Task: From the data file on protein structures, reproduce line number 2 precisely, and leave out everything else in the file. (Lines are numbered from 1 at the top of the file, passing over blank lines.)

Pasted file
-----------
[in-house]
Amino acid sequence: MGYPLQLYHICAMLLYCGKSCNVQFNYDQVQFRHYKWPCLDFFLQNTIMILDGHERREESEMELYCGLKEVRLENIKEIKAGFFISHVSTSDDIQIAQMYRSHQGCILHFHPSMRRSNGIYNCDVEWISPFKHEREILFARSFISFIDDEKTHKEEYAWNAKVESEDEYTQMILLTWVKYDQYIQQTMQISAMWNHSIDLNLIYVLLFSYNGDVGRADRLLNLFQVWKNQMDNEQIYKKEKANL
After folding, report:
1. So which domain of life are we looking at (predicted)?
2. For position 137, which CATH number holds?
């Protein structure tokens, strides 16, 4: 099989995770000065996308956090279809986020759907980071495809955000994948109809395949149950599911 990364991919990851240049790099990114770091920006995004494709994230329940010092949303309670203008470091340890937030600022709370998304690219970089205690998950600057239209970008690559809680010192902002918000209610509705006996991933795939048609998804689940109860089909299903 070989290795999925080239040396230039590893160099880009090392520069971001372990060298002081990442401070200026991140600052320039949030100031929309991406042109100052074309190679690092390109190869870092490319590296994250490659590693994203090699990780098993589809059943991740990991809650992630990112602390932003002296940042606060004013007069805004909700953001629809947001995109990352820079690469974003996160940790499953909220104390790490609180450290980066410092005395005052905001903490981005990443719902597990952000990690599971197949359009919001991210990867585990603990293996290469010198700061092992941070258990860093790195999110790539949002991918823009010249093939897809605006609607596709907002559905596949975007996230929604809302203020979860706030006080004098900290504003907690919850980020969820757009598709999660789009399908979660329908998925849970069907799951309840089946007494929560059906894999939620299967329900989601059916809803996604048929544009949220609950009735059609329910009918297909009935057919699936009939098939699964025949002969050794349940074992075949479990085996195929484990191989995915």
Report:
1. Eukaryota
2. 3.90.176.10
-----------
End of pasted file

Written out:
Amino acid sequence: MGYPLQLYHICAMLLYCGKSCNVQFNYDQVQFRHYKWPCLDFFLQNTIMILDGHERREESEMELYCGLKEVRLENIKEIKAGFFISHVSTSDDIQIAQMYRSHQGCILHFHPSMRRSNGIYNCDVEWISPFKHEREILFARSFISFIDDEKTHKEEYAWNAKVESEDEYTQMILLTWVKYDQYIQQTMQISAMWNHSIDLNLIYVLLFSYNGDVGRADRLLNLFQVWKNQMDNEQIYKKEKANL